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Farmers go low-tech to grow in winter

A farm in winter in Northwest Michigan

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KAI RYSSDAL: Michigan Gov. Jennifer Granholm gave her state of the state address earlier this week. As you might have figured in a state walloped by the combination of the recession and Detroit's continuing problems, it was a grim affair. Not much extra money for anything.

So if you've been putting off your dream of seeing the World's Largest Stove, at the Michigan State Fair, you better act quickly. Granholm wants to cut the fair. This summer's will be the last.

When it started 160 years ago it was a way for farmers to keep up to date on agricultural technology. In present-day Michigan, fair or no, farmers are still innovating. Way up near the northern tip of the mitten, they've figured out how to stretch their growing season with plastic.

Lou Blouin introduces us to something called hoop-house farming.


LOU BLOUIN: A hoop house is little more than big sheets of plastic stretched covered-wagon-style over a series of metal arches. But these no-tech greenhouses can trap enough heat from the sun and soil to keep things like spinach, kale, and even salad greens growing well into the winter.

BLOUIN: What would you say the temperature is in here right now?

NICK WELTY: I don't know. I'm sort of a bad judge. I've been crawling around in the snow, it feels kind of warm.

Nick Welty runs the garden operation at Black Star Farms in rural northwest Michigan.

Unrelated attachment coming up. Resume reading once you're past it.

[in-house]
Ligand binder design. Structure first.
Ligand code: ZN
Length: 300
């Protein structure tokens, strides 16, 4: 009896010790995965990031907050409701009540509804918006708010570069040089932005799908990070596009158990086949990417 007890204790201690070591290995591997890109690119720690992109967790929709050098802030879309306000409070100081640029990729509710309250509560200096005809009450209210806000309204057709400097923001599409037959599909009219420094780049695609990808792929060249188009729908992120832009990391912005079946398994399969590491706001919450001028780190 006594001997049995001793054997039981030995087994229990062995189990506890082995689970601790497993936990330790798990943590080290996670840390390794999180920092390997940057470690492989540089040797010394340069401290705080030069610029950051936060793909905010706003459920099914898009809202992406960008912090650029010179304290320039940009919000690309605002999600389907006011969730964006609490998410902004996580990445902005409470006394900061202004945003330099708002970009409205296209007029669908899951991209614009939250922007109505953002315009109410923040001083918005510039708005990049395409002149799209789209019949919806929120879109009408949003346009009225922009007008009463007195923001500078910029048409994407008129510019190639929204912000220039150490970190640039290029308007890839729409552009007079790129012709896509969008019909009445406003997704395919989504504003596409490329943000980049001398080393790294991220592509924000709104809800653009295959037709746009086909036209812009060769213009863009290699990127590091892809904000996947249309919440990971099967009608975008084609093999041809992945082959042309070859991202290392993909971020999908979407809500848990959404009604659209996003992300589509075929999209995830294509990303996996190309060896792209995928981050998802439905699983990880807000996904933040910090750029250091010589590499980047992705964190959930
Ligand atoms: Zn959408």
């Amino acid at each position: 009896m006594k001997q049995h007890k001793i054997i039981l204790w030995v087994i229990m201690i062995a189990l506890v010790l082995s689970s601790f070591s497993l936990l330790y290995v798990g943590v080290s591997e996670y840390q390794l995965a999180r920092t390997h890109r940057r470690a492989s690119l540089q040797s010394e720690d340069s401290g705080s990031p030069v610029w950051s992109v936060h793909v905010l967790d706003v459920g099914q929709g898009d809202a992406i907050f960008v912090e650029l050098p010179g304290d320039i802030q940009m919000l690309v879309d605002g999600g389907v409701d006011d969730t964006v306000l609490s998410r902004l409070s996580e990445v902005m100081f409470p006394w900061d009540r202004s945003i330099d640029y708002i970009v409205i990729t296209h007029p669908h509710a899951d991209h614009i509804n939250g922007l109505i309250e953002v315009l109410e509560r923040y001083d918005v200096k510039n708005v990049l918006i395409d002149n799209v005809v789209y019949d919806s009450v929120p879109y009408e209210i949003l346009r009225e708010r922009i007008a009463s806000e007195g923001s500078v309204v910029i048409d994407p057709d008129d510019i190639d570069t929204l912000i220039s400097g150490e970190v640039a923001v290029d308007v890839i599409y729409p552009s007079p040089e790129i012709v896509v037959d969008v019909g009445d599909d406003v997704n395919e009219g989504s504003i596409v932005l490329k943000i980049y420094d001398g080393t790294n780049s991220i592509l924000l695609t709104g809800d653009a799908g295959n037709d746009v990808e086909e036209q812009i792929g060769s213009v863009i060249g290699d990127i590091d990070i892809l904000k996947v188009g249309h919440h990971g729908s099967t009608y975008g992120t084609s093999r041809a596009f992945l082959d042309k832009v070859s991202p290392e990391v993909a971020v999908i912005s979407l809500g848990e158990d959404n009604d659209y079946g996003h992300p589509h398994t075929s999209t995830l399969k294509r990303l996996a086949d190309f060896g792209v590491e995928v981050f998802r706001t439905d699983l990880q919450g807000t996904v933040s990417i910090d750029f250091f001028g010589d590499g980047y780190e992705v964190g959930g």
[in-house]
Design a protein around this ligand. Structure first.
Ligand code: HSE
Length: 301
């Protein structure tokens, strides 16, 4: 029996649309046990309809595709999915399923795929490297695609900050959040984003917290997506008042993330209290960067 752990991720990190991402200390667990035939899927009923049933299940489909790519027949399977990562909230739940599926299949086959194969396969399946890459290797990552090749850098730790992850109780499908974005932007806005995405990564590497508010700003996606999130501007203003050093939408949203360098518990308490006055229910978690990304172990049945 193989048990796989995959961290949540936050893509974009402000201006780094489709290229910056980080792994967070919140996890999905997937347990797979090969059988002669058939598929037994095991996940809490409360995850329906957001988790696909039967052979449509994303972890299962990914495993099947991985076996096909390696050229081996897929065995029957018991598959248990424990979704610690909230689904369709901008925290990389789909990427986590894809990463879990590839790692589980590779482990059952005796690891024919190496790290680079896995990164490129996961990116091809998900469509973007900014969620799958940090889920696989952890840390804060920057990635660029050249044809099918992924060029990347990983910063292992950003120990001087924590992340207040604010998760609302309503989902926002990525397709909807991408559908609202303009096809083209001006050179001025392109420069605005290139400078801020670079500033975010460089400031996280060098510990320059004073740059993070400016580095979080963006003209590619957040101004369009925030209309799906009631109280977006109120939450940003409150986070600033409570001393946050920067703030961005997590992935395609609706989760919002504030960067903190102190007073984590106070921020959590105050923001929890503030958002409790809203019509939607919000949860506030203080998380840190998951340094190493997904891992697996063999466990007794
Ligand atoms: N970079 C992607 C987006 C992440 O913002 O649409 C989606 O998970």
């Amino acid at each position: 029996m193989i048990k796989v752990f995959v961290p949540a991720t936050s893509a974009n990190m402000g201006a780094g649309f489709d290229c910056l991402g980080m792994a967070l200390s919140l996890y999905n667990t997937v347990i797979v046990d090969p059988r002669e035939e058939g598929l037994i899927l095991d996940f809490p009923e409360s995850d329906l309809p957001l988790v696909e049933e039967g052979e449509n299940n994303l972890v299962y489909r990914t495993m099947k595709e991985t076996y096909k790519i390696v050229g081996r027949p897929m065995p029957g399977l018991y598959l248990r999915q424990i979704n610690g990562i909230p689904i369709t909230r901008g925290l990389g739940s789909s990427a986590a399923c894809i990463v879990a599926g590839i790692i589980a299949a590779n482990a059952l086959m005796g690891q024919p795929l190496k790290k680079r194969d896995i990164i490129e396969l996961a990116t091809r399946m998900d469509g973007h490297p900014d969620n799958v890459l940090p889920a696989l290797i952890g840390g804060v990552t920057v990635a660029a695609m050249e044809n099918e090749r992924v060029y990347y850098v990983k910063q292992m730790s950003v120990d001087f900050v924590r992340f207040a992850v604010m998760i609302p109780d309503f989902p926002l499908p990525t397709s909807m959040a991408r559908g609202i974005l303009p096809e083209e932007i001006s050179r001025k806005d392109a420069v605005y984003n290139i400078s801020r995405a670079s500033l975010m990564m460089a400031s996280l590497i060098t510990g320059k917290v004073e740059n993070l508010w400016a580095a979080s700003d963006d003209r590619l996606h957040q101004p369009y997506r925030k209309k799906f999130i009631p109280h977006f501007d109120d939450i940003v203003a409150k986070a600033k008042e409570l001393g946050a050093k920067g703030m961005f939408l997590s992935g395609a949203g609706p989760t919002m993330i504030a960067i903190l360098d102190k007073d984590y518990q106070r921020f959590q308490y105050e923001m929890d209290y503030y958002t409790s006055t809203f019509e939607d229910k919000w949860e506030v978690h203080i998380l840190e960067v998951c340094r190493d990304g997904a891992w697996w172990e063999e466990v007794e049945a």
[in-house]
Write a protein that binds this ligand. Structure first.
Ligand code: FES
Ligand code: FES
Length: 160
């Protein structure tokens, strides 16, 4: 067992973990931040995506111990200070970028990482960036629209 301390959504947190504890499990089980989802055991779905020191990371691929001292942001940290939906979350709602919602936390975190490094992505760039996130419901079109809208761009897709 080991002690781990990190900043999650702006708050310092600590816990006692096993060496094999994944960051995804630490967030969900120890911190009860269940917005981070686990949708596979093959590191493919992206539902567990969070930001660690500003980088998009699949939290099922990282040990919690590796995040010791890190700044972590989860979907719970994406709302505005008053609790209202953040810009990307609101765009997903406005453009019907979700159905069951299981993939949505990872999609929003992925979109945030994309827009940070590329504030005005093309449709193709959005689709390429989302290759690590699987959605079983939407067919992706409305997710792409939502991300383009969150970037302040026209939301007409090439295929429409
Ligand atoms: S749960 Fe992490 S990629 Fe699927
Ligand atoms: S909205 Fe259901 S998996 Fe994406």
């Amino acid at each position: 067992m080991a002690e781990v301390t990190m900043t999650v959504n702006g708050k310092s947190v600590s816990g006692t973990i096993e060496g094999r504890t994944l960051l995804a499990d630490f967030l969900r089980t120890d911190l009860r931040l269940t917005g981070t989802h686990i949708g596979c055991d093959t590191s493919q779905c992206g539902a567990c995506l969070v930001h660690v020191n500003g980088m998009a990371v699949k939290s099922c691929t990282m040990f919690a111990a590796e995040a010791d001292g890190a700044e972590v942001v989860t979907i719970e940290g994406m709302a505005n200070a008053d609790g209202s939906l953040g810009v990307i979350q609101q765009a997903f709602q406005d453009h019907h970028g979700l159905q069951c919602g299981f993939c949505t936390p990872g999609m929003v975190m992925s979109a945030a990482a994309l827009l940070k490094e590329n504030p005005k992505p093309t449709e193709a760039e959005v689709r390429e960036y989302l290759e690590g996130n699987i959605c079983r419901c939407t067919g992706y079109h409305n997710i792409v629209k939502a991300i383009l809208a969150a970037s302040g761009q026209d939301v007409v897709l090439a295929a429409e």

WELTY: I don't know. It might be 40 or so. I mean, if it's real sunny, which we haven't had yet, it'll be up to 85.

Like a lot of farmers, Welty doubles the economic punch of the farm's hoop house by using it to grow tomatoes in the summer, in addition to cool weather crops in the winter.

WELTY: Now if you do the economics of it, for $10,000 we have this structure. And by year two I will have netted enough to have paid for the structure.

Those numbers made sense to Jenny Tutlis and Jon Watts of nearby Meadowlark Farm. The have two hoop houses and are able to deliver fresh veggies to customers into January.

JENNY TUTLIS: For us, the significance financially for our family is, like, huge. You know, we make a living now from our farm, and we don't have to work off-farm.

Tutlis and her husband, Jon Watts, can afford the investment into hoop houses largely because of their business model -- called CSA, or community supported agriculture. With CSA, people invest in the farm upfront as shareholders and get a box of food every week as a return on that investment.

Most important, says Watts, investors shoulder risk right alongside farmers, which is no small thing when it comes to winter growing.

JON WATTS: We had a really bad northwester in the spring, and our straps broke on our roll-up vent on the side. And so, the snow came in and killed everything in the house.

TUTLIS: I came in right away and just wrote to the shareholders that were expecting to get greens the next week, and everyone was really, like, "We understand, you know, this is a risk." And, "We're in it with you." And, "It's OK, you know, we're here." And that's huge. Like, that's hardcore food folks. They really, I think, appreciate and get it about eating local food.

Season extension may be one of the hottest trends nationally in local organic farming. But despite their own success, Tutlis and Watts are still both cautious about recommending hoop houses to other farmers. There are still a lot of unknowns. Most of all, whether farmers can afford it. Most of the hoop houses in Michigan are subsidized by a Michigan State University research program.

And there's also the issue of whether you can find enough people that like to eat kale and other hardy winter greens. Tutlis and Watts say their extended season boxes will always be propped up by beets and potatoes from the previous fall, the kinds of things Michigan localvores have always eaten in the winter.

In Traverse City, Mich., I'm Lou Blouin for Marketplace.

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